For I have known them all already, known them all:—
Have known the evenings, mornings, afternoons,
I have measured out my life with coffee-spoons . . . .
And I have known the eyes already, known them all—
The eyes that fix you in a formulated phrase,
And when I am formulated, sprawling on a pin,
When I am pinned and wriggling on the wall,
Then how should I begin
To spit out all the butt-ends of my days and ways?

Whatever the question agitating this man, it has nothing to do with love; this is a man who is dying of boredom; and while he wants more than anything to make a different life for himself, he has no idea how  to go about it.

Suppose he were to talk about a moment of insight into the ordinary lives of ordinary people:

Should I say that I have gone at dusk through narrow streets
And watched the smoke that rises from the pipes
Of lonely men in shirt-sleeves, leaning out of windows? . . .
I should have been a pair of ragged claws
Scuttling across the floors of silent seas.

Obviously, it's going to take more than that to shake up these people; and he is afraid. Suppose, he thinks, I were to ask them a really overwhelming question. Suppose I were
To say:

 "I am Lazarus, come from the dead, 
Come back to tell you all, I shall tell you all—

The trouble with that gambit is two-fold: he doesn’t know what Lazarus might actually say and he  hasn't even begun to about what comes next: so what? And even if he knew how that question ought to be handled, it wouldn't make any difference; he knows exactly how anything he might want to say would be received:

That is not it at all,
That is not what I meant at all.

For all his feelings of inadequacy, however, Prufrock really does have something to say and he finally says it, beautifully and forcefully, with stunning conviction, in the last six lines of the poem—but not to those arty society women who would have laughed in his face. (It’s not just anyone who gets to see memaids riding the waves and “singing each to each.” He is pretty sure they would not sing to him but so what? They wouldn’t sing to those silly women either).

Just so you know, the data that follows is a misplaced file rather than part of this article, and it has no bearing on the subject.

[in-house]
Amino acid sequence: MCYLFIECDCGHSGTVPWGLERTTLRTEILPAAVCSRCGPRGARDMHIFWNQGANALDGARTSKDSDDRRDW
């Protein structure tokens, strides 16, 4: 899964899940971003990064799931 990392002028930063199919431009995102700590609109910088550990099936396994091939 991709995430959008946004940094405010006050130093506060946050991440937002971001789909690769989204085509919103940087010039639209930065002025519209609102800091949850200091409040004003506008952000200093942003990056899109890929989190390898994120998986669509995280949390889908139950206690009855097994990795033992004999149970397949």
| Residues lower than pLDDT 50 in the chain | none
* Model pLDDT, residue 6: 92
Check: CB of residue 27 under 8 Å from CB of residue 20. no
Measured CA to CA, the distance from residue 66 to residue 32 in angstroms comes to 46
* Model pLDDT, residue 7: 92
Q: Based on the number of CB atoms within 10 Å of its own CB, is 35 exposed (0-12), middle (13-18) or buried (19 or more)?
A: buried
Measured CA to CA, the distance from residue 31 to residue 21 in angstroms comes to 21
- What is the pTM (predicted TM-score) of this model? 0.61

I have seen them  riding seaward on the waves
Combing the white hair of the waves blown back
When the wind blows the water white and black.

We have lingered in the chambers of the sea
By sea-girls wreathed with seaweed red and brown
Till human voices wake us, and we drown.

Prufrock, to his credit, is such a human voice, trying to figure out how—however ineffectually—to wake up a complacent society before it's too late and it dies in the airless, life-less chambers it has constructed for itself—so remote from the real human world they might as well be at the bottom of the sea. It should have been clear, even in 1910, which was when Eliot began writing this poem, that a genteel, privileged society that knows nothing of life on the other side of the tracks, in the mean streets,

The muttering retreats
Of restless nights in one-night cheap hotels
And sawdust restaurants with oyster shells

could not long survive in the violent new world that was evidently about to be born.